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The Blanket - A Journal of Protest & Dissent

Parallels and Paradoxes

Daniel Barenboim and Edward W. Said, Parallels and Paradoxes: Explorations in Music and Society
(London: Bloomsbury Paperbacks, 2004) 190pp. £7.99
ISBN 0 7475 6385 3

Book Review

Liam O Ruairc • The Other View, Summer 2004, Issue 17

Until his death last year, the Palestinian intellectual Edward W. Said had been internationally recognised as an extraordinary influential and innovative thinker, an astute commentator on literature and culture, an accomplished pianist and a passionate defender of the Palestinian cause. Since the early 1990s, Said had been a staunch critic of the “Peace Process” in Palestine. Daniel Barenboim is one of the central figures of the musical world today, director of the Chicago Symphony Orchestra and Deutsche Staatsoper in Berlin. One of the most recorded artist in history, he was the first and most pro eminent Israeli musician ever to perform in the Palestinian West Bank. This book brings together those two individuals from opposite sides of the Arab Israeli conflict is a series of dialogues about various aspects of music. The book is accessible to the general reader and does not require technical knowledge. “These are conversations not treatises, and it is the nature of the conversation at its best to be engrossing for everyone involved, as well as from time to time to take even the speaker by surprise,” explains Said.

Music belongs to the world of sound, more specifically to that of sound relations (both relations between sounds, and relations between sound and silence as the absolute limit of music). This is what differentiates making music from just the production of unrelated sound. When we talk about music, we more often talk about how we are affected by it (that it is poetic, sensual, spiritual and so on), than about it in itself. But as Barenboim points out, music is far less about ‘emotion’ than about “structure as emotional means of expression”. Those means are the contrasting elements of music (like harmony, dissonance, notes, tempo etc) and their form (sonata, symphony and so on). To properly appreciate a piece of music, it is necessary to understand the technique displayed by the musician. Said asks: “The musician is very much wrapped up in a tonal world … is it possible to talk of the world of the musician as a social one at all?” The point is, as the most abstract of arts, has music anything relevant to say about society, history and political conflict? As a critical thinker, what Said is interested in “is always to challenge what is given”, and Barenboim can find such a process at work in music and performance: “You have to ask yourself: does music have a purpose, a social purpose, and what is it? Is it to provide comfort and entertainment, or is it to ask disturbing questions of the performer and of the listener?”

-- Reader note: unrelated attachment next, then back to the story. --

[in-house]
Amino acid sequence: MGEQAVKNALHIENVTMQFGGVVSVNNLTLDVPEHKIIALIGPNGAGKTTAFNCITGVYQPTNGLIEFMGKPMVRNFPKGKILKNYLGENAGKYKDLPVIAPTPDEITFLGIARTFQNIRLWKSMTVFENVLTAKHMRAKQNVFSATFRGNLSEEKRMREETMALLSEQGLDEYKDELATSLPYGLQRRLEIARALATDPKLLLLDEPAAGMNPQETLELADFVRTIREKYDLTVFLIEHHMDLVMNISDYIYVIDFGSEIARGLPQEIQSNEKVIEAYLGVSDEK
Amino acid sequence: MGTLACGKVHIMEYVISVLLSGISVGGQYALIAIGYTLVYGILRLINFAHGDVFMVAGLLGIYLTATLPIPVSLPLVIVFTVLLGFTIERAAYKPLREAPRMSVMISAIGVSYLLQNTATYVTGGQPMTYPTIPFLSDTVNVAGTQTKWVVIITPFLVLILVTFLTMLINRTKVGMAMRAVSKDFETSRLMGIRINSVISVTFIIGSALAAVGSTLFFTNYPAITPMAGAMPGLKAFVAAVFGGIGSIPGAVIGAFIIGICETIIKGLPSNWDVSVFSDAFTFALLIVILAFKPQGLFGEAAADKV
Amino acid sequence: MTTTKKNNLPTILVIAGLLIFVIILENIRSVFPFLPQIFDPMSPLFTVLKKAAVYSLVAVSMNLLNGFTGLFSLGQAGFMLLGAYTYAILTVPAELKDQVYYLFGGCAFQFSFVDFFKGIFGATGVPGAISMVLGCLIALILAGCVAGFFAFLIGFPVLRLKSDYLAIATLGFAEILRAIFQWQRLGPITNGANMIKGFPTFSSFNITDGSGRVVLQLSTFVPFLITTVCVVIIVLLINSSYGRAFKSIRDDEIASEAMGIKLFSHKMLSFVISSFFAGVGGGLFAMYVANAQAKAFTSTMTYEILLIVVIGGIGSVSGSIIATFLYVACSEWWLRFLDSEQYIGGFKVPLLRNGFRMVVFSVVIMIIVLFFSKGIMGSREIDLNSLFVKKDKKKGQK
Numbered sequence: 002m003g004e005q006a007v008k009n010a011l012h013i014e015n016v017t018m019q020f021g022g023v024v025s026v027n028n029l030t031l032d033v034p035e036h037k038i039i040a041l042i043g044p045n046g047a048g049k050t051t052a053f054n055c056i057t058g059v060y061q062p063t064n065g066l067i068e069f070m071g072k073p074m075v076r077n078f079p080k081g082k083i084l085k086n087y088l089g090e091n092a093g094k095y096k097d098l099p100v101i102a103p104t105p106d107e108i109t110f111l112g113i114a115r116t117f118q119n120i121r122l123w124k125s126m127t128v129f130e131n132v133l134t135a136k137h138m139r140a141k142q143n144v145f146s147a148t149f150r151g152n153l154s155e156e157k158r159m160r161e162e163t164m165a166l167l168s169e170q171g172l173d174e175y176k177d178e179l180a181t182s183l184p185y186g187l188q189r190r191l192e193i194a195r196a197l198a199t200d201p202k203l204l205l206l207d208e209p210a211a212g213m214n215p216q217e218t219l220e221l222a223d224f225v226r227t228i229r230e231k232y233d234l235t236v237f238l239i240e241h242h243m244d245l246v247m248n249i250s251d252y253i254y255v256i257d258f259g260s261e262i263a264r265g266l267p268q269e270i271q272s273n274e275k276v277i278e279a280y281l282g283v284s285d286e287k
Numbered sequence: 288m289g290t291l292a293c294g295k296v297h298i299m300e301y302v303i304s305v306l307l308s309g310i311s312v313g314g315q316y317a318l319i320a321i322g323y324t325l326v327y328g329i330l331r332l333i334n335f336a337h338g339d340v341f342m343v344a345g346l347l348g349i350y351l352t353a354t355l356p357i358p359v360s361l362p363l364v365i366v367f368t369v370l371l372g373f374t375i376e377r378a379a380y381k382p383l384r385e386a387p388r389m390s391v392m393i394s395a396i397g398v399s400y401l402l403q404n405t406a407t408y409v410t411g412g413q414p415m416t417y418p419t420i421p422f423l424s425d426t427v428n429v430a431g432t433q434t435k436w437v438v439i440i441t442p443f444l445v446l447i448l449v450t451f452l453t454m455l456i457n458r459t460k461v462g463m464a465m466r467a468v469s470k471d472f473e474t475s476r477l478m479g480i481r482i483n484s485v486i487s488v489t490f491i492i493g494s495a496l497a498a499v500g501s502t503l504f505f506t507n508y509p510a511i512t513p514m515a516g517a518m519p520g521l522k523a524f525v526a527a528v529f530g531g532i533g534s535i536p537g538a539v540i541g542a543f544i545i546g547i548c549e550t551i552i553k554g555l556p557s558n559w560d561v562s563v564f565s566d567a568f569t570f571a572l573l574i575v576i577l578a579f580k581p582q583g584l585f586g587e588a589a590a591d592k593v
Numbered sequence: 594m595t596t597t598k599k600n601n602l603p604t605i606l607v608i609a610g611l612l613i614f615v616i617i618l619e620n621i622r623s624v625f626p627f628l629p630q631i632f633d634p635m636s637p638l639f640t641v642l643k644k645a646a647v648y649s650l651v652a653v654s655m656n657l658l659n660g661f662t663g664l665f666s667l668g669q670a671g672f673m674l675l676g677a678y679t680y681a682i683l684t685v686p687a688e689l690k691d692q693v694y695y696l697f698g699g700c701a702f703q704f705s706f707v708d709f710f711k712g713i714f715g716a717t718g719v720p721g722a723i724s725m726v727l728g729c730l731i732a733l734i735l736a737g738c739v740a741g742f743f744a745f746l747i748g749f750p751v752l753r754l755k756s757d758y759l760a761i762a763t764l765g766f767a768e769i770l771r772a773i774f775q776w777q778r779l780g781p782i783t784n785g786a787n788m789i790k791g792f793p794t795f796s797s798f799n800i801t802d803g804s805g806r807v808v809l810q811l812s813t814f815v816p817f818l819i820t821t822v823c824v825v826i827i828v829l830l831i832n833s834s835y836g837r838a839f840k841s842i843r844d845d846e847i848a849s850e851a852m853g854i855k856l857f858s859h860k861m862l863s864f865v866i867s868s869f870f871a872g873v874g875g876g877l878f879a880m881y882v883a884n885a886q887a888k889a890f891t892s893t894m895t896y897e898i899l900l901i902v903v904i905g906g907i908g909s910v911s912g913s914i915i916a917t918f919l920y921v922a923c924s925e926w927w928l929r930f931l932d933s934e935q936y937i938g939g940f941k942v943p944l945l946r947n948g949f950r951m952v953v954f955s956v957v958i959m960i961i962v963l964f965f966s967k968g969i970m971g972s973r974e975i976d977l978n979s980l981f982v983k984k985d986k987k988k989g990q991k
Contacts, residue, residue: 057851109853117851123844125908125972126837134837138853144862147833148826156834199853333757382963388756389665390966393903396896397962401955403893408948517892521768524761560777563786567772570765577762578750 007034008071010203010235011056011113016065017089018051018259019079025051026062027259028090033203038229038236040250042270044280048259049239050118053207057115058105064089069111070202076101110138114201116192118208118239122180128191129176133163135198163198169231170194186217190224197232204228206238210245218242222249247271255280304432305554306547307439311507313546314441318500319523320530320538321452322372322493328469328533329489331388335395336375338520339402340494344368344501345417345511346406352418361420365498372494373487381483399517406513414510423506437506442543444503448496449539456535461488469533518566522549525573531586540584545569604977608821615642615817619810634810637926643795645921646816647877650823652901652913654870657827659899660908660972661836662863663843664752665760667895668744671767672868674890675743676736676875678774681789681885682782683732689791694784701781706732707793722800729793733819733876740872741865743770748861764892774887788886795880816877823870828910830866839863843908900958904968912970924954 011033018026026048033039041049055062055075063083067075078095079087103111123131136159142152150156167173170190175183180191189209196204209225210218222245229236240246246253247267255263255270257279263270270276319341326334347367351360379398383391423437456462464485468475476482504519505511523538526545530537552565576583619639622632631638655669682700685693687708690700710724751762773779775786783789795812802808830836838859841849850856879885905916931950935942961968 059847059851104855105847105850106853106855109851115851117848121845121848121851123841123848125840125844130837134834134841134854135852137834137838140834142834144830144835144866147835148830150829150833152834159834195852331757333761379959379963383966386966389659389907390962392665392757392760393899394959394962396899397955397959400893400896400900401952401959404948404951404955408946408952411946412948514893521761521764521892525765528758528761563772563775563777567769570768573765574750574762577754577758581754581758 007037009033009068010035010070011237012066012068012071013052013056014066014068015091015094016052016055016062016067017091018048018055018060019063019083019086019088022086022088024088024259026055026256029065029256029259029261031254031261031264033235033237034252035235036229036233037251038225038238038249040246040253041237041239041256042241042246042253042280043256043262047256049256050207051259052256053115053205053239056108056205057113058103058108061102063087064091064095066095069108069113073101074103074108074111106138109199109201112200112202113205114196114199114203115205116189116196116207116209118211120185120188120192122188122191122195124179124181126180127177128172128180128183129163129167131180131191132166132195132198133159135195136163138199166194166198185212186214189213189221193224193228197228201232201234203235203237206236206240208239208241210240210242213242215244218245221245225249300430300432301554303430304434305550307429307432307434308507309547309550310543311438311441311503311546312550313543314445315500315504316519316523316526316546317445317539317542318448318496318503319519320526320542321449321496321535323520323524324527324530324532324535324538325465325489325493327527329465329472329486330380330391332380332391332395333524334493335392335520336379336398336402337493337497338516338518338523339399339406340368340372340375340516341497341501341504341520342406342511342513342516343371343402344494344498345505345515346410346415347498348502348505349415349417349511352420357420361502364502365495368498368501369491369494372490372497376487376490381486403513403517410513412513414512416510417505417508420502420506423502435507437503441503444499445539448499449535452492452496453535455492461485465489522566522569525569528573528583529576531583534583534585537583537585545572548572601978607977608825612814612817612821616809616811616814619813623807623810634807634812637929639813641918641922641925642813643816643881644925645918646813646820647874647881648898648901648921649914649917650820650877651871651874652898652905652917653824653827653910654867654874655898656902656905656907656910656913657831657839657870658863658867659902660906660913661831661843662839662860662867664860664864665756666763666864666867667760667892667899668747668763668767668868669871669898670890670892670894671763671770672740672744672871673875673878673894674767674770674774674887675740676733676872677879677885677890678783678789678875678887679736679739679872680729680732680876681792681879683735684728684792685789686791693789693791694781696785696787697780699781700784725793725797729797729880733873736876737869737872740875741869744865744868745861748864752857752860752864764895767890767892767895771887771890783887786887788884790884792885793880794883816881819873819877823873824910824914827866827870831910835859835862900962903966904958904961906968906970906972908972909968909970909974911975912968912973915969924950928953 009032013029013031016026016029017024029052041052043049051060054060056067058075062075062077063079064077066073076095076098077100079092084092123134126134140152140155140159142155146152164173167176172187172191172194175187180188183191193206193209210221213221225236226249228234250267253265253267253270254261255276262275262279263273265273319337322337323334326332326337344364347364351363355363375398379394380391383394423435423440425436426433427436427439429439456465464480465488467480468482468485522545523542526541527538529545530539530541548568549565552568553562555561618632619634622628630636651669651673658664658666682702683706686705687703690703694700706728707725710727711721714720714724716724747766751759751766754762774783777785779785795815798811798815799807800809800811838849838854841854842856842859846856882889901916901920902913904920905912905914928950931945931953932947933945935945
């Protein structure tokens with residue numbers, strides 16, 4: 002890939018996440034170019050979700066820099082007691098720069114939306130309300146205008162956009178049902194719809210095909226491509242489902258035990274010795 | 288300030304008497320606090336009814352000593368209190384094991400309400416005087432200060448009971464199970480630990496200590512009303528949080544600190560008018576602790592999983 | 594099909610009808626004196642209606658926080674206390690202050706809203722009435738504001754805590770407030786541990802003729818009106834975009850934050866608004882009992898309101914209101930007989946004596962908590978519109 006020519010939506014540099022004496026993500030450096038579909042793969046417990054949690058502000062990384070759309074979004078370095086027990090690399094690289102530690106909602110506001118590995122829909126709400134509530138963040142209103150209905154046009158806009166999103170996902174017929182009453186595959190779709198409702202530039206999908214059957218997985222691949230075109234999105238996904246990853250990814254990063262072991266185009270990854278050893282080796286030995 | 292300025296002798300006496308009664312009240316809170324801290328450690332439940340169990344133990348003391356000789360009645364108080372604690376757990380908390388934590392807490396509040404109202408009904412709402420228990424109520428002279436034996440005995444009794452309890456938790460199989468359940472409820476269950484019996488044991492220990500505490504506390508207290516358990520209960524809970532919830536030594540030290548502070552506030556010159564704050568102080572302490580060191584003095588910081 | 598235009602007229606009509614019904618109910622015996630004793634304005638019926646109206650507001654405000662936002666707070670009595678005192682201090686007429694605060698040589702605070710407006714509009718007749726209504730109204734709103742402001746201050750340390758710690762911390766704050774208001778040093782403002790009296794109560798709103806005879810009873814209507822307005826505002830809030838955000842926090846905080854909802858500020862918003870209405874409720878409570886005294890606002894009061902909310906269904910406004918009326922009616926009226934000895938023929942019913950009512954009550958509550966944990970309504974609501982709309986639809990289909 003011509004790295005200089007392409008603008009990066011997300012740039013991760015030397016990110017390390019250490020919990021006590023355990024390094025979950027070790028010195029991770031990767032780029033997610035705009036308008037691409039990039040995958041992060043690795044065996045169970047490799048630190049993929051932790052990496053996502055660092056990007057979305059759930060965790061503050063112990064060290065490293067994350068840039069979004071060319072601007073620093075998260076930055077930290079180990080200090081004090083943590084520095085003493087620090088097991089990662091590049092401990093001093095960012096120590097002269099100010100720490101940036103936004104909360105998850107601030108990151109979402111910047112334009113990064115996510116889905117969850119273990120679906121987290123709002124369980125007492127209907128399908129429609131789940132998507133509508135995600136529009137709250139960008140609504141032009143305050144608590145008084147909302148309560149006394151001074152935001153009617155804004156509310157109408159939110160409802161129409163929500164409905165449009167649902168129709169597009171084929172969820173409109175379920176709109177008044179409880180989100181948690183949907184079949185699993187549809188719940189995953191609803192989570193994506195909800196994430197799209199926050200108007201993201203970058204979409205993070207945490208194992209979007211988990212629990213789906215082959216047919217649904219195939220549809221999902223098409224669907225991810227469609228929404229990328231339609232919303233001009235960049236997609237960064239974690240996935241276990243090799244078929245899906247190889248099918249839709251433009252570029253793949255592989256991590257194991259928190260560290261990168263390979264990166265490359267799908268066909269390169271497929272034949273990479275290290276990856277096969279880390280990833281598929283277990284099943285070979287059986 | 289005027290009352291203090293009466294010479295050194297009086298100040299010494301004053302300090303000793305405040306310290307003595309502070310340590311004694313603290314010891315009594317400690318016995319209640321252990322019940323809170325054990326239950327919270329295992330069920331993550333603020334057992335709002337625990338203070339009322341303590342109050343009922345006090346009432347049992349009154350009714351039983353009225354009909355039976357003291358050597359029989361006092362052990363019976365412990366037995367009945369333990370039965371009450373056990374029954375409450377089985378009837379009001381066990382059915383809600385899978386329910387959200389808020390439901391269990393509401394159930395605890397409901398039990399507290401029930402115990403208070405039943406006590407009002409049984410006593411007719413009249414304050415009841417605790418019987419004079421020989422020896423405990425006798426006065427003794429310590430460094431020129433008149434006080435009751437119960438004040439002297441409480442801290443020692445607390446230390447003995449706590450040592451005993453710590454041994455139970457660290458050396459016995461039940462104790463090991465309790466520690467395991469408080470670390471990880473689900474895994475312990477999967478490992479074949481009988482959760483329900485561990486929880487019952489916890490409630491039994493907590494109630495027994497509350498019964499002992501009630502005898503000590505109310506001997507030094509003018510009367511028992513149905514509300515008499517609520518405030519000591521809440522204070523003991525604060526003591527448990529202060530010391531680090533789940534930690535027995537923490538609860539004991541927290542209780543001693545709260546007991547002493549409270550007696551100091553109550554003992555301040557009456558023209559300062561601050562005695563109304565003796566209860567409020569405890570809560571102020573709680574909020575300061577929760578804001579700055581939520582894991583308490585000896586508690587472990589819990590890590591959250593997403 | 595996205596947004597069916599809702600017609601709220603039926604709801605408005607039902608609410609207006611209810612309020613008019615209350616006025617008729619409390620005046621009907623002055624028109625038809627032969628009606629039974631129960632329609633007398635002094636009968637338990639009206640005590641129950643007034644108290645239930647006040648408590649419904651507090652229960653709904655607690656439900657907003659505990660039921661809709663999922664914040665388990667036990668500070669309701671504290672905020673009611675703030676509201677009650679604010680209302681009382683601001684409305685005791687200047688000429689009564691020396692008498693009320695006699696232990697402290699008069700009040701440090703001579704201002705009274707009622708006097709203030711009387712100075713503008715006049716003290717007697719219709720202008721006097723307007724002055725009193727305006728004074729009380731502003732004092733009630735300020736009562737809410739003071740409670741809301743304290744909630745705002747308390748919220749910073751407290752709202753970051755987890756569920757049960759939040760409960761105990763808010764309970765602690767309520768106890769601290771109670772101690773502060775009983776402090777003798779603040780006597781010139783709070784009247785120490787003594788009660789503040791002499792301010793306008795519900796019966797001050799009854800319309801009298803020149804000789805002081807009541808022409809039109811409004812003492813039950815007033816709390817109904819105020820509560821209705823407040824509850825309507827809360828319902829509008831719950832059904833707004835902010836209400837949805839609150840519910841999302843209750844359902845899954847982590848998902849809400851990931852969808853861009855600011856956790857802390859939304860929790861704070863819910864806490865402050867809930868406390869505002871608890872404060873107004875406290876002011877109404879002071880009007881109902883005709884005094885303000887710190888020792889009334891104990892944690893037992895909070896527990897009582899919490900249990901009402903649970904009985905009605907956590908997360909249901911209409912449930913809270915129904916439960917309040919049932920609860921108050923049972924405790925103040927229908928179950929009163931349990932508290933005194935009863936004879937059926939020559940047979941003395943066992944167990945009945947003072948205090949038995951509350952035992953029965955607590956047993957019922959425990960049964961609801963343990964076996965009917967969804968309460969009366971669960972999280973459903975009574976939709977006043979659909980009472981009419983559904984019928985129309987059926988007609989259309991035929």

For Said and Barenboim, through understanding the nature of music it can become possible to challenge one’s certainties and understand the ‘other view’, or at least make place for it. After all, music made possible an occasion for a Palestinian and an Israeli to have this fascinating dialogue. By learning about music, you can learn about the other. Barenboim’s musical doctrine “comes out of the nature of a paradox: that you have to have the extremes; that you have to find a way to put the extremes together, not necessarily by diminishing the extremity of each on, but to form the art of transition.” It is not necessary to reconcile or somewhat diminish and take the edge of extremes. “You have to keep the extremes, but find the link, always find the link so that there is an organic whole.” This “art of transition” will sound familiar to The Other View.

The book is dedicated to the West-Eastern Divan Workshop in Weimar, where musicians from Israel and the Arab countries have in recent years worked together and shown that rapprochements and friendships, hitherto thought impossible, may be achieved through music. “But this does not mean that music will solve the problems of the Middle East. Music can be the best school for life, and at the same time the most effective way to escape from it.” (Barenboim)






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The Blanket - A Journal of Protest & Dissent



All censorships exist to prevent any one from challenging current conceptions and existing institutions. All progress is initiated by challenging current conceptions, and executed by supplanting existing institutions. Consequently the first condition of progress is the removal of censorships.
- George Bernard Shaw

Index: Current Articles

16 August 2004

Other Articles From This Issue:

Repression in Rathenraw
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Beating the Wife
Kathleen O Halloran

Fan Abuse
Sean Smyth

Save the Black Mountain
Davy Carlin

Parallels and Paradoxes
Liam O Ruairc

14 August 2004

At One with the West Belfast MP
Kathleen O Halloran

Disbanding the Provos
Tommy McKearney

Lessons from the Ceasefire
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Jobs for the Boys
George Young

Working Withing British 'Law' With A Vow NOT to Use Force Against the British
Sharon O'Sullibhan

Conditions for Irish POWs Today
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The Faithful...
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Globalised Indifference
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No Human Being is Illegal!
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